StarCraft II is the 10-year-overdue sequel to the eminent StarCraft, history's most successful Real-Time Strategy game. Everyone from Korean Pro E-Sport gamers to MSU honors dorm students have been looking forward to SC2 for more than a decade.

Photo of my copy of StarCraft II Collector's Edition

"I bought the Collector\'s Edition, which includes a behind-the-scenes DVD that told me nothing about game design I didn't already know."


Blizzard put off making a sequel for so long…why? They believe StarCraft was such a masterpiece, it could not be improved, and protecting brands is Blizzard's #1 priority. Lame cash-grab sequels can be brand murder; they wanted Terminator 2, not The Matrix Reloaded. Blizzard even scrapped a First-Person-Shooter set in the StarCraft universe dubbed StarCraft: Ghost because it was not up to its rigorous standards. So does StarCraft II deliver?

In short: yes. The basics remain – three races (Terran, Protoss, Zerg) vying for intergalactic dominance, real-time strategy, and massive sci-fi battles. As I understand it, Wings of Liberty is installment 1 of 3 featuring the Terran race. Indeed, Blizzard will collect full title sales x3 from customers for StarCraft II (instead of the usual twice evidenced from StarCraft: Brood War and Diablo II: Lord of Destruction). StarCraft II sports a huge graphics improvement, more units, a better campaign, more integrated online experience, and sick movie-industry-quality animated movies. The UI has been massively improved, removing many clicks. Most notably, you can select and hotkey an infinite number of units. Indeed, "attack-moving" with all your units is a couple clicks. Competitive StarCraft, defined by click-efficiency, rejoices that strategic thinking gains ground here.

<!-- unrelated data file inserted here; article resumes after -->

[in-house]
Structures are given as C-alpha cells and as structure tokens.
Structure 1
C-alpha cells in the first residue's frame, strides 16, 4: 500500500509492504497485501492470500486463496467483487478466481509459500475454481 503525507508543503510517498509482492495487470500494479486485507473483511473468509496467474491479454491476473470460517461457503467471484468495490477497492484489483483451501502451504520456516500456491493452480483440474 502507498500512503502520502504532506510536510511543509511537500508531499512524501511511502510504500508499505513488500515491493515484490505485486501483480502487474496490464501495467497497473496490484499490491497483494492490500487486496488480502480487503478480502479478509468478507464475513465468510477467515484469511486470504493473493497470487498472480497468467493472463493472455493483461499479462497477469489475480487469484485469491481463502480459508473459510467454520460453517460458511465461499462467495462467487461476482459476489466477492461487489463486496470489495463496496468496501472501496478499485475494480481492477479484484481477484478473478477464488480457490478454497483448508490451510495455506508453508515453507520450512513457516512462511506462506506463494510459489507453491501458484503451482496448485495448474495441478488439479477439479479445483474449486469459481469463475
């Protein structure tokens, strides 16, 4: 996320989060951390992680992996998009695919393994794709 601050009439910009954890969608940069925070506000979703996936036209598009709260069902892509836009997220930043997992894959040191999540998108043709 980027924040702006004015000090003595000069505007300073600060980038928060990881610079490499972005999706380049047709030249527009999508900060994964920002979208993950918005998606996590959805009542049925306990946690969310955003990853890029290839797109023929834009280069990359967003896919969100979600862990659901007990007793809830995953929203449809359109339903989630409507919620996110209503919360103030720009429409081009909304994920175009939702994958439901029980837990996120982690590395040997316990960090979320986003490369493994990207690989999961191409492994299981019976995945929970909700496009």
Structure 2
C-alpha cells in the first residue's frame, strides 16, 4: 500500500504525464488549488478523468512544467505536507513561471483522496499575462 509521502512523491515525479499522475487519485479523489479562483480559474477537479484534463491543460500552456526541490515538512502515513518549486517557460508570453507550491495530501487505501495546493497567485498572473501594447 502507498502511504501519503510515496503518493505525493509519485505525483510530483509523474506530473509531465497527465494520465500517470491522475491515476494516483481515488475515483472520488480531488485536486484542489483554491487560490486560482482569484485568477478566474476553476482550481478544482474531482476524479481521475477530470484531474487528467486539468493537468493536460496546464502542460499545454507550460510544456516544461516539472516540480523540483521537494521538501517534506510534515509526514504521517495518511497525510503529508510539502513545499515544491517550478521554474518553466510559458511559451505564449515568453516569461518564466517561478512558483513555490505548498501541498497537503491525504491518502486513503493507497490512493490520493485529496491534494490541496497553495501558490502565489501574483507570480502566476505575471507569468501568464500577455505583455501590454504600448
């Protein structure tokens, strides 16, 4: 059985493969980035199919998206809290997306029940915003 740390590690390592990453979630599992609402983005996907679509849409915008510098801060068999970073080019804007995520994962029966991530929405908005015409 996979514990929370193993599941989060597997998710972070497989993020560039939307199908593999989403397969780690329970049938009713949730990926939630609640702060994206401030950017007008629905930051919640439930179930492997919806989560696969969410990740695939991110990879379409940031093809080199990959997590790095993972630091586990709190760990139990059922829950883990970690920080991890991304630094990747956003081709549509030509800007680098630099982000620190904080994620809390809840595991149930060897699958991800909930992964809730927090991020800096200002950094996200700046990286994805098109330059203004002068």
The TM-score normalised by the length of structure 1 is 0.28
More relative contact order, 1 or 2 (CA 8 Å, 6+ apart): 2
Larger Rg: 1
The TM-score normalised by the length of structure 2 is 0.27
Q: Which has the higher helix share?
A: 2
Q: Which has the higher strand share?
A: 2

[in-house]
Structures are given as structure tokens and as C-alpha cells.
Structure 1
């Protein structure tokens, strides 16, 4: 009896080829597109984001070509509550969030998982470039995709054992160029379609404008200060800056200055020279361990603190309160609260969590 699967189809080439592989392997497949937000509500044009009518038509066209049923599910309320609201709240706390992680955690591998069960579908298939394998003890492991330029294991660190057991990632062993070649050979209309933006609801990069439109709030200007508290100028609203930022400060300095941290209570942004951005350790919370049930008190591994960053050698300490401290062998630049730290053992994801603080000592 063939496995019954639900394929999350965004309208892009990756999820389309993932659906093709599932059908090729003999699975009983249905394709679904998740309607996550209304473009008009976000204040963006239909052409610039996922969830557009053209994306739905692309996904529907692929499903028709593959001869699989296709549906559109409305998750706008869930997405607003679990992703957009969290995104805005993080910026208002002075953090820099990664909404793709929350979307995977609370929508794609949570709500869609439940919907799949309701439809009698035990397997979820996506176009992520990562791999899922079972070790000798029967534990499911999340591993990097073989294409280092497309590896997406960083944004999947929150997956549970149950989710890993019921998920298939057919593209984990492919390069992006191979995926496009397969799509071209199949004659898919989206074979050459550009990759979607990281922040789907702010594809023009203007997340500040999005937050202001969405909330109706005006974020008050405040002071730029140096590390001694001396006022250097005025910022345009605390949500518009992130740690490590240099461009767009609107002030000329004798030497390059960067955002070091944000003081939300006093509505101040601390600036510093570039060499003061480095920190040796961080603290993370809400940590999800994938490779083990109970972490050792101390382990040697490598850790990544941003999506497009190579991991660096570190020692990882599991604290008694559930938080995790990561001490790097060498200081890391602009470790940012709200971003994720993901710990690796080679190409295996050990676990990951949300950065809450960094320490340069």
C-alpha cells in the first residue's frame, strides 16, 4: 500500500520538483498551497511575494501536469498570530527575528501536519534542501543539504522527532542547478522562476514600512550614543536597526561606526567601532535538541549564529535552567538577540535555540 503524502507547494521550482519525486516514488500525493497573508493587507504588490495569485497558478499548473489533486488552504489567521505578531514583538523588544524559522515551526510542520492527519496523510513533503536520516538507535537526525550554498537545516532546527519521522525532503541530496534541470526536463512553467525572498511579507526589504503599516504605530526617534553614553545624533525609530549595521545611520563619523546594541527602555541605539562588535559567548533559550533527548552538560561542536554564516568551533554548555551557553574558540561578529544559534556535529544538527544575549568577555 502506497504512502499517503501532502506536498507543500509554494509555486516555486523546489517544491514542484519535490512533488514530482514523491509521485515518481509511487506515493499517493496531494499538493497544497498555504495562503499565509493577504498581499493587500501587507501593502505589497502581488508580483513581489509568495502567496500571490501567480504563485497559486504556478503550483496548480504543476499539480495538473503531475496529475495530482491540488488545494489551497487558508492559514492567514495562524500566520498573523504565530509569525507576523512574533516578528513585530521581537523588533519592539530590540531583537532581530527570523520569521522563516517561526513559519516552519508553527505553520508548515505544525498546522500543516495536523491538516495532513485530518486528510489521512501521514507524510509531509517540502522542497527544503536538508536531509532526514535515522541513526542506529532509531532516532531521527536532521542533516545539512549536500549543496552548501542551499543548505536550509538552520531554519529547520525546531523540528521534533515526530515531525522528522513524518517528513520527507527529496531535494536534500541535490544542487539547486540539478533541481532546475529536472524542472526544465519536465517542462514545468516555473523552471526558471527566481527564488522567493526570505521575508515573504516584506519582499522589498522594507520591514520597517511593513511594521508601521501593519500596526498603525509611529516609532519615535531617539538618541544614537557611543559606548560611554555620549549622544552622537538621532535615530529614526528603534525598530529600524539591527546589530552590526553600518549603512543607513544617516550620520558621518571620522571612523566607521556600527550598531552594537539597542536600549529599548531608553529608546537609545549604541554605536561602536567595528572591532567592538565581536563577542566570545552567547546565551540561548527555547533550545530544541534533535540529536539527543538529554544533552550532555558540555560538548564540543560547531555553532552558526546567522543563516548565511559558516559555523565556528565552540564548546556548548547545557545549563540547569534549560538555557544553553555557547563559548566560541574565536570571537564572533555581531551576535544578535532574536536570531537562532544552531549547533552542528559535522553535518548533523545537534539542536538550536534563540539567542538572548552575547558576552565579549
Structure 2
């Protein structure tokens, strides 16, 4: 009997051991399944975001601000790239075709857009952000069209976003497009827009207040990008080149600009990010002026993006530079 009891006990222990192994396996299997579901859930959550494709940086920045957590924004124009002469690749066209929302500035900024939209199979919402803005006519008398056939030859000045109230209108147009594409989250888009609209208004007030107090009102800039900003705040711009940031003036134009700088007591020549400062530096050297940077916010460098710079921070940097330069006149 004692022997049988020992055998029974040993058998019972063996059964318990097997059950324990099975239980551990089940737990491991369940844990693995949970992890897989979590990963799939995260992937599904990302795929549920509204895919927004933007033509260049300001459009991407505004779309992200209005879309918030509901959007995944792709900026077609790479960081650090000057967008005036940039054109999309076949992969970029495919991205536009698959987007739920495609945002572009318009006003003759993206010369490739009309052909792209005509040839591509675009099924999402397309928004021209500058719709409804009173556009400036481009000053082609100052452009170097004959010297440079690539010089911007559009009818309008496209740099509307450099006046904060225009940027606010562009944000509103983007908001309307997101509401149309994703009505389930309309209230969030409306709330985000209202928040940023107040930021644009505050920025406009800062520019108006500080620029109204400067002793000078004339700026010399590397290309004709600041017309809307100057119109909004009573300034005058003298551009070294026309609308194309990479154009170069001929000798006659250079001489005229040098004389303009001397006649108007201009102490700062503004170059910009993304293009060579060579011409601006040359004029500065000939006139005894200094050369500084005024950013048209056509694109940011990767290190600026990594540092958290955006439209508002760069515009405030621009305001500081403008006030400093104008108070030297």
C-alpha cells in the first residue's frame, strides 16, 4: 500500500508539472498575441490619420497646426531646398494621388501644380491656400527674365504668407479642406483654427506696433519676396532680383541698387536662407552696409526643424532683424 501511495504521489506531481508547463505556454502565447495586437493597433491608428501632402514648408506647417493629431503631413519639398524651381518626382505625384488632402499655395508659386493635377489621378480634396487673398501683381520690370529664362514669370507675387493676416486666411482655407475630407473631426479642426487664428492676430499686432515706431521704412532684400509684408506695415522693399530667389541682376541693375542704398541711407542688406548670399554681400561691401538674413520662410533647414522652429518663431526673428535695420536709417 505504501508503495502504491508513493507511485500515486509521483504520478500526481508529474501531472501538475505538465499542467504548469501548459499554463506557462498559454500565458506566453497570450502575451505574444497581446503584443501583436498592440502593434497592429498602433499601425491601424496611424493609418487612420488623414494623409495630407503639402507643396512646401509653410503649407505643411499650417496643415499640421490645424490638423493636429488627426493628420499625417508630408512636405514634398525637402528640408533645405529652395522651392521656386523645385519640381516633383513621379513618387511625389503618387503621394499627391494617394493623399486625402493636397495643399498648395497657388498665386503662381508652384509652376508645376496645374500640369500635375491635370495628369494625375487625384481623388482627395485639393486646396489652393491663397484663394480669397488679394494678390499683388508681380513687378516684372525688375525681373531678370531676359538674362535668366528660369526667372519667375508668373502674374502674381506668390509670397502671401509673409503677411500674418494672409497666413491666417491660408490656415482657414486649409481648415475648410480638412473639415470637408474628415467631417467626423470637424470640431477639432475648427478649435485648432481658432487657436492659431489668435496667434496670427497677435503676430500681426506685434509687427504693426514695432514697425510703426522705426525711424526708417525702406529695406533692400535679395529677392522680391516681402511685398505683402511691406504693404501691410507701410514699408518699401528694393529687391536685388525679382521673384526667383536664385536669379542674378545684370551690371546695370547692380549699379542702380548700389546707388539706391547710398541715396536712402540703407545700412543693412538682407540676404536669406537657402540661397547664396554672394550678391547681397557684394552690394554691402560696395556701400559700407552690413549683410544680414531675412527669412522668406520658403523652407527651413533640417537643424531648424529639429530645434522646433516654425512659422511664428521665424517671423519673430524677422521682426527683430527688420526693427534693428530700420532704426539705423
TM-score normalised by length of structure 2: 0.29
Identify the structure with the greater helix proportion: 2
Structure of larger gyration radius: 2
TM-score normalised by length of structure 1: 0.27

Single-Player Content